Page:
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The 5 Most Common Kinds of Dark Social Content

Dark Social refers to the sharing that we do through non-public channels like Facebook Messenger, Twitter DM, Slack, or even text message and email.

You may be ignoring these channels today, but that’s a mistake. This sharing is a crucial indicator of purchase intent and a massive amount of the social activity you’re not getting credit for. Research has found that 70% of all social sharing happens through dark channels.

Owned, Earned, Paid, and Dark Social: Definitions, and Where to Begin

Dark Social is so prominent (in part) because people don’t want to share everything publicly, and instead they are sharing with their closest friends and family via peer-to-peer channels. Here are the five most common ways that people use Dark Social. 

Stuff You Want to Go to

You have definitely sent a text message, email, Facebook Message, or Slack like this before:

Me: Do you want to go to this with me?? They’re having a deal, but it only lasts for the next day or two.

You: OMG. That looks amazing. Booking NOW.

We tend to share links privately when we’re making plans with individual friends or groups of friends, and are exploring our possibilities or floating new ideas for trips, events, and restaurants.

Stuff You’d Be Embarrassed to Share Publicly

Private communications are often private for a reason!

Me: My rosacea is flaring up again. I seriously don’t know what to do about it. I feel like I’ve tried everything. I’m so ugly.

You: I’m sorry, sweetie. I think you’re gorgeous! But have you looked into light therapy? Great post about it here:

Which owned content is your audience sharing behind closed doors? How does that translate into business revenue, and on what timeline? Dark Social data can help you answer these questions.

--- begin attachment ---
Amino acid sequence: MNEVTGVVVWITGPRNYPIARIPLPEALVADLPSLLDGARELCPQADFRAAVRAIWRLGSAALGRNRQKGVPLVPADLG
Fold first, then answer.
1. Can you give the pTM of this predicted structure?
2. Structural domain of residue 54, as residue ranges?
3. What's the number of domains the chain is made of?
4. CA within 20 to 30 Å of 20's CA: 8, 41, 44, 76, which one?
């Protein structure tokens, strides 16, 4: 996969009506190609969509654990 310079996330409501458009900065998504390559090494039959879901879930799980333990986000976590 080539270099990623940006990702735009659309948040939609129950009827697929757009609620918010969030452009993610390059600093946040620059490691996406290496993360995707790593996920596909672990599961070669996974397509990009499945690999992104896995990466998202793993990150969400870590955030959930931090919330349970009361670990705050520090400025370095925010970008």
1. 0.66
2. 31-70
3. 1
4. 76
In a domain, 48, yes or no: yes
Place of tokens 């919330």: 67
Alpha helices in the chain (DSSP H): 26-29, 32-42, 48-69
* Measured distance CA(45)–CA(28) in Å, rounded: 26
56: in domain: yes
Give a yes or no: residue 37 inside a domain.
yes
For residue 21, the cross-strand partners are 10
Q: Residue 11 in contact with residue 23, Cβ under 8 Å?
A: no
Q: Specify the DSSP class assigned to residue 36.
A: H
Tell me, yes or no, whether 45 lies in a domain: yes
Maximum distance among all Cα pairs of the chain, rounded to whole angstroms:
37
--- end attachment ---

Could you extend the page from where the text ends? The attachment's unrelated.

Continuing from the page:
Stuff You Want an Opinion On

Yes, sometimes we hit social media to ask for an opinion about a purchasing decision, but most of the time, when it comes to the decisions that really matter to us, we privately contact a few close friends, our significant other, or a respected colleague.

Slack Dark Social

By looking at Dark Social data, you’ll be able to optimize your public social marketing strategy to highlight the items or content pieces actually being shared privately.

News Items You Want to Share

We share breaking news that we care about publicly on social, as we follow the presidential debates, exclaim about celeb gossip, or spread the word on the latest tech industry updates:

But we share these pieces of content privately, too. How much of your web traffic originates in Dark Social sources? Does your audience share the same content publicly and privately?

New Ideas for Your Organization

Have you ever had this interaction with a member your work team?

You: Have you seen/read/heard about [insert link to industry-related article or product here]?

Your Team Member: No! That’s really cool, though. We should get a demo. Can you set that up?

Dark Social data can tell you where that influx of demo requests or blog post visits came from, and give you visibility into the other dimension where your content is being shared daily.

What’s the Value to Brands?

While your brand can’t take a direct peek into private messages, you can use a Social Attribution solution like ours to discover which links people are sharing via Dark Social. This, in turn, helps you better understand customer intent and how Dark Social (the most intimate communications between human beings, technologically speaking) affects the success or failure of various campaigns, products, and content packages. Dark Social data, in fact, is a big part of why Social Attribution is a necessary solution for social marketers and content marketers alike. 

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Lucy Hitz

I’m the Head of Marketing Communications here at Simply Measured, where I'm responsible for our content program, social media marketing, PR, and comarketing ventures. I love yoga, The X-Files, peaty scotch, hiking, and poetry. If I were a social media channel, I’d want to be Instagram, but I think I’m Twitter.

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